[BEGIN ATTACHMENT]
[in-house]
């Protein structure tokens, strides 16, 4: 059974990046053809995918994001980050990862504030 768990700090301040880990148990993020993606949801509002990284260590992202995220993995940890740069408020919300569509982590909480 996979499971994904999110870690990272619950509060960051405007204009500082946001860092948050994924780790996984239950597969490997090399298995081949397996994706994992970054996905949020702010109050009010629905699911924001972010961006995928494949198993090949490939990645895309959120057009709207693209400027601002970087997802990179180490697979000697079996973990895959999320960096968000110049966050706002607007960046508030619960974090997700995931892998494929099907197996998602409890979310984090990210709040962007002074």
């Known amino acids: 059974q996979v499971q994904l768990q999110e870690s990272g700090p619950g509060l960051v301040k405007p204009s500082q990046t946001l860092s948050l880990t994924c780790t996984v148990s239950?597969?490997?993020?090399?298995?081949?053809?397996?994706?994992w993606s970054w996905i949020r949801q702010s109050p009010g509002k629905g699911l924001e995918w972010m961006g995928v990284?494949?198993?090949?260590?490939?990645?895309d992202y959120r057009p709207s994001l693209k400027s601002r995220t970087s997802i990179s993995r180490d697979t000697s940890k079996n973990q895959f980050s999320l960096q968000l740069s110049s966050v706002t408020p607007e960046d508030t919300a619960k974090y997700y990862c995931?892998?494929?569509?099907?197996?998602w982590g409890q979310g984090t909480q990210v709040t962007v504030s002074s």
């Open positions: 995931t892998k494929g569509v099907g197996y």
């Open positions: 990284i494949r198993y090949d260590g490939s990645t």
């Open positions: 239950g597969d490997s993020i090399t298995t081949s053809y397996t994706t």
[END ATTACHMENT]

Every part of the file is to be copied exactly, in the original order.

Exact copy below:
[in-house]
């Protein structure tokens, strides 16, 4: 059974990046053809995918994001980050990862504030 768990700090301040880990148990993020993606949801509002990284260590992202995220993995940890740069408020919300569509982590909480 996979499971994904999110870690990272619950509060960051405007204009500082946001860092948050994924780790996984239950597969490997090399298995081949397996994706994992970054996905949020702010109050009010629905699911924001972010961006995928494949198993090949490939990645895309959120057009709207693209400027601002970087997802990179180490697979000697079996973990895959999320960096968000110049966050706002607007960046508030619960974090997700995931892998494929099907197996998602409890979310984090990210709040962007002074």
């Known amino acids: 059974q996979v499971q994904l768990q999110e870690s990272g700090p619950g509060l960051v301040k405007p204009s500082q990046t946001l860092s948050l880990t994924c780790t996984v148990s239950?597969?490997?993020?090399?298995?081949?053809?397996?994706?994992w993606s970054w996905i949020r949801q702010s109050p009010g509002k629905g699911l924001e995918w972010m961006g995928v990284?494949?198993?090949?260590?490939?990645?895309d992202y959120r057009p709207s994001l693209k400027s601002r995220t970087s997802i990179s993995r180490d697979t000697s940890k079996n973990q895959f980050s999320l960096q968000l740069s110049s966050v706002t408020p607007e960046d508030t919300a619960k974090y997700y990862c995931?892998?494929?569509?099907?197996?998602w982590g409890q979310g984090t909480q990210v709040t962007v504030s002074s």
């Open positions: 995931t892998k494929g569509v099907g197996y």
């Open positions: 990284i494949r198993y090949d260590g490939s990645t």
């Open positions: 239950g597969d490997s993020i090399t298995t081949s053809y397996t994706t």